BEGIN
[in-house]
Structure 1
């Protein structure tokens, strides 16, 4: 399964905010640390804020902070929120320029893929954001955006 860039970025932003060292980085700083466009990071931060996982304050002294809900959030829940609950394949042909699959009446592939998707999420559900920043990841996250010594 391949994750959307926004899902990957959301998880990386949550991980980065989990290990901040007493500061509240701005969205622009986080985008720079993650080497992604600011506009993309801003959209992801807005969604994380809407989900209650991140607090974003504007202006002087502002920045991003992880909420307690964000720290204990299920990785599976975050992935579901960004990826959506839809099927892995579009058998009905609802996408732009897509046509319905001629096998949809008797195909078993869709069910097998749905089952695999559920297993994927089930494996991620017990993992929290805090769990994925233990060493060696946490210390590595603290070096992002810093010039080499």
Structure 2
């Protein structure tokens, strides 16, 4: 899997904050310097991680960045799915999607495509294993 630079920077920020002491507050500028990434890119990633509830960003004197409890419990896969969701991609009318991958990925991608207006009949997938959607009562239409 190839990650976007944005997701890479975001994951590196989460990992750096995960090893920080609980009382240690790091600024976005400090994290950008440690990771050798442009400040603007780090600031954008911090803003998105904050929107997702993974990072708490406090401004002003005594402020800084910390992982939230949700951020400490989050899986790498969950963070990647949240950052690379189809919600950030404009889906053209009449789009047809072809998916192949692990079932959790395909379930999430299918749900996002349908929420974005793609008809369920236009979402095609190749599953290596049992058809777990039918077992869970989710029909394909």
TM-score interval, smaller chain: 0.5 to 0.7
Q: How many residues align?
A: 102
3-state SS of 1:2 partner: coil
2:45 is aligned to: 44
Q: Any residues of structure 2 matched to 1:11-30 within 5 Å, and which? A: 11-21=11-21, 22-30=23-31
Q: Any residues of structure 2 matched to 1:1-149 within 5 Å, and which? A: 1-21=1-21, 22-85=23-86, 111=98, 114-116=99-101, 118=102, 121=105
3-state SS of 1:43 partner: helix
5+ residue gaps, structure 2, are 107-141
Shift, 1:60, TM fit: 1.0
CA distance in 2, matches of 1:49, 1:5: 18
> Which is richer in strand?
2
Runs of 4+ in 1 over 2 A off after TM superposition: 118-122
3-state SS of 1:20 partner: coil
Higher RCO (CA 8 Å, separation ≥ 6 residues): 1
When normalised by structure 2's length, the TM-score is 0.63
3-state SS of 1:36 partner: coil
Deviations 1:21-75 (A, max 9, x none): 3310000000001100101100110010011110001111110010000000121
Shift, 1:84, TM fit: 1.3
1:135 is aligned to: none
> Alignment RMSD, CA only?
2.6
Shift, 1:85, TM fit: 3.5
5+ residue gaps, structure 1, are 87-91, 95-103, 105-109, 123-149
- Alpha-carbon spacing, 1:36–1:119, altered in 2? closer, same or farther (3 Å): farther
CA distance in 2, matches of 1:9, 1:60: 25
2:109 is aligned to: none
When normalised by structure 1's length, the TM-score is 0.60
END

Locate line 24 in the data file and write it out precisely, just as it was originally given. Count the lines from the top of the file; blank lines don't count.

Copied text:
Deviations 1:21-75 (A, max 9, x none): 3310000000001100101100110010011110001111110010000000121